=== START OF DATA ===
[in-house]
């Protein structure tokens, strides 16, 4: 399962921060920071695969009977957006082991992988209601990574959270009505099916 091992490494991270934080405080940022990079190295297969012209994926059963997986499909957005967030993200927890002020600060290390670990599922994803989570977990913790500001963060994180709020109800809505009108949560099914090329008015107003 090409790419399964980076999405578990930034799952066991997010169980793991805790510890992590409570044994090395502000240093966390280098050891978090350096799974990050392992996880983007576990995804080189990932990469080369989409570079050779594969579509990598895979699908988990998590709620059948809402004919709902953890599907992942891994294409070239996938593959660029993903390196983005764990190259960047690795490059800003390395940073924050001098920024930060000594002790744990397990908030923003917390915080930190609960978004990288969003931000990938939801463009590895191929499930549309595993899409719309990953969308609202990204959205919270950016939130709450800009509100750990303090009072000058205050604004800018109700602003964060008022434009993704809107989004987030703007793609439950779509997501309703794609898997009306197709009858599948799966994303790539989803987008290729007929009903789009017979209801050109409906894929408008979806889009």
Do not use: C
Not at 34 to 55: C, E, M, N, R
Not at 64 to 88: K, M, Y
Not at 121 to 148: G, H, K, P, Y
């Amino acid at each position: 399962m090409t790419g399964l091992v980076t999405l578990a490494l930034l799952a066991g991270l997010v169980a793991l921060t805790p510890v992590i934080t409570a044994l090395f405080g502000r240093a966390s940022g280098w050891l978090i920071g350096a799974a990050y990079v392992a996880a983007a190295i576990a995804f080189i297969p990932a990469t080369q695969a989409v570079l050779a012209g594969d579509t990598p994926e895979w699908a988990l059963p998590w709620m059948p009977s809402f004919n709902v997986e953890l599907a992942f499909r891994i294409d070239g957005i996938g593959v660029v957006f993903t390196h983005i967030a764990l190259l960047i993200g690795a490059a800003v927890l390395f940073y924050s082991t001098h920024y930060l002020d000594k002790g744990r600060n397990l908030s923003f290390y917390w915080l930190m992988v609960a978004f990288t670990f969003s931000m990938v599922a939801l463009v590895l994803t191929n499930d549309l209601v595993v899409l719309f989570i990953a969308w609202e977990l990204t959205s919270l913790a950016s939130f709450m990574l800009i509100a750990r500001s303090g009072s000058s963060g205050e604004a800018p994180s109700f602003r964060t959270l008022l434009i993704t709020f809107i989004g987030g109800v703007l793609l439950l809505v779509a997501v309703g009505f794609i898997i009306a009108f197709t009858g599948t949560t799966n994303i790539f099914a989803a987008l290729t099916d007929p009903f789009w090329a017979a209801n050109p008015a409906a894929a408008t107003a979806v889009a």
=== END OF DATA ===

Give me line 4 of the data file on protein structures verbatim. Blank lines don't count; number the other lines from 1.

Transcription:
Not at 34 to 55: C, E, M, N, R